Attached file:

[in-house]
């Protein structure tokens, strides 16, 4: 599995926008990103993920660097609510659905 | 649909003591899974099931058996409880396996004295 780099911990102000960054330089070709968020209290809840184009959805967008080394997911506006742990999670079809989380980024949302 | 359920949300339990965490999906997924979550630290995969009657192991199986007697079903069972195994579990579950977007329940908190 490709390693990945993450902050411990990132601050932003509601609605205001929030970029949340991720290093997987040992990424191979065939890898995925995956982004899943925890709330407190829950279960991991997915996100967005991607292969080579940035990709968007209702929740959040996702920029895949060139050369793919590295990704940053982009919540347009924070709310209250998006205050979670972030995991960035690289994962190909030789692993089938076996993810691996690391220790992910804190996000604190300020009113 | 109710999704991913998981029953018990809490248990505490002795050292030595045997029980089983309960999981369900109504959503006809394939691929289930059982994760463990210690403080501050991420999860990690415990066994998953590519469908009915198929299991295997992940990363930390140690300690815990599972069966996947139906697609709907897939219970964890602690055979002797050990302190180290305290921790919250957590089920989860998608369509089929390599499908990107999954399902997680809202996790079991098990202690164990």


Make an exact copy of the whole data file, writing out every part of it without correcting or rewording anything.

[in-house]
């Protein structure tokens, strides 16, 4: 599995926008990103993920660097609510659905 | 649909003591899974099931058996409880396996004295 780099911990102000960054330089070709968020209290809840184009959805967008080394997911506006742990999670079809989380980024949302 | 359920949300339990965490999906997924979550630290995969009657192991199986007697079903069972195994579990579950977007329940908190 490709390693990945993450902050411990990132601050932003509601609605205001929030970029949340991720290093997987040992990424191979065939890898995925995956982004899943925890709330407190829950279960991991997915996100967005991607292969080579940035990709968007209702929740959040996702920029895949060139050369793919590295990704940053982009919540347009924070709310209250998006205050979670972030995991960035690289994962190909030789692993089938076996993810691996690391220790992910804190996000604190300020009113 | 109710999704991913998981029953018990809490248990505490002795050292030595045997029980089983309960999981369900109504959503006809394939691929289930059982994760463990210690403080501050991420999860990690415990066994998953590519469908009915198929299991295997992940990363930390140690300690815990599972069966996947139906697609709907897939219970964890602690055979002797050990302190180290305290921790919250957590089920989860998608369509089929390599499908990107999954399902997680809202996790079991098990202690164990």